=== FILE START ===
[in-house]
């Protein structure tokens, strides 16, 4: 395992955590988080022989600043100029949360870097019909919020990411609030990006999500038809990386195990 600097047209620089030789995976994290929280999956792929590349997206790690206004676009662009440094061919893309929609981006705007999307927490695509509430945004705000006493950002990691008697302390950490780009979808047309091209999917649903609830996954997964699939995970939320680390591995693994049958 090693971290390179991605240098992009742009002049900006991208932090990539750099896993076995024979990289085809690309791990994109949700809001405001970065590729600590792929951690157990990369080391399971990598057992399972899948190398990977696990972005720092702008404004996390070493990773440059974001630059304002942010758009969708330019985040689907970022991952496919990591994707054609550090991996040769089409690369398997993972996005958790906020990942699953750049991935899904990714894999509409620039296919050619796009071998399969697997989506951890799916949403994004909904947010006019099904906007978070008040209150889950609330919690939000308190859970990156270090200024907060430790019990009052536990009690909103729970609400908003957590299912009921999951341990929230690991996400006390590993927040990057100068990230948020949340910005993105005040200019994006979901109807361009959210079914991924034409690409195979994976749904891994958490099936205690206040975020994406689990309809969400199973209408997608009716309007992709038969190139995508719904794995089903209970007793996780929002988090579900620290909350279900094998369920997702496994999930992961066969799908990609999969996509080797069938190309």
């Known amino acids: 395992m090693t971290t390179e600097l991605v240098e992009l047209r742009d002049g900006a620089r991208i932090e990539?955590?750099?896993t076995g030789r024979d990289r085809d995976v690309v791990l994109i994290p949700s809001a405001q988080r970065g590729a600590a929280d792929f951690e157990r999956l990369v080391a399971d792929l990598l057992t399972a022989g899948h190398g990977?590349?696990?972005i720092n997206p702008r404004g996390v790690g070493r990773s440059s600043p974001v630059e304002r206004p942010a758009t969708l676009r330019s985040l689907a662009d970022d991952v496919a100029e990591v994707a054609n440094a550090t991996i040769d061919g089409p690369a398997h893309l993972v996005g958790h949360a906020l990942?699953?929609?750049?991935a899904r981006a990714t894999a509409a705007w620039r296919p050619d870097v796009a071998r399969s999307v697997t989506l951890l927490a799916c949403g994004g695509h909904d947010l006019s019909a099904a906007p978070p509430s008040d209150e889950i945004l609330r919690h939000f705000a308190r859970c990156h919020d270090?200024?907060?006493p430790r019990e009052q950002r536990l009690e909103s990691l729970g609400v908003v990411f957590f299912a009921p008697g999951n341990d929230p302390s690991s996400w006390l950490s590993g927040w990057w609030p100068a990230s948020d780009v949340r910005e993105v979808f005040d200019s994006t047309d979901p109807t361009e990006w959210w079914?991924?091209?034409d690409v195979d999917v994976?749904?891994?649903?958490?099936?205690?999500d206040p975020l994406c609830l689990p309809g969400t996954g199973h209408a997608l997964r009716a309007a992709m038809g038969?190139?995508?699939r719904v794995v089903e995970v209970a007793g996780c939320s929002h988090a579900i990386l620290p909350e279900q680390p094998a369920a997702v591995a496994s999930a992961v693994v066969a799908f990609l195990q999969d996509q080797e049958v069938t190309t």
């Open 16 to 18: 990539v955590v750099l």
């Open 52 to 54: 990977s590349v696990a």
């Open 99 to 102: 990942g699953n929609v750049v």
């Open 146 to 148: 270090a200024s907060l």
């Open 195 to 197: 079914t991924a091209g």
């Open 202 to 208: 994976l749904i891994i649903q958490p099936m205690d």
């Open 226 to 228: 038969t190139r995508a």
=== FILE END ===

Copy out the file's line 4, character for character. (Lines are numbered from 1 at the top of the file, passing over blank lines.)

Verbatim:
């Open 16 to 18: 990539v955590v750099l």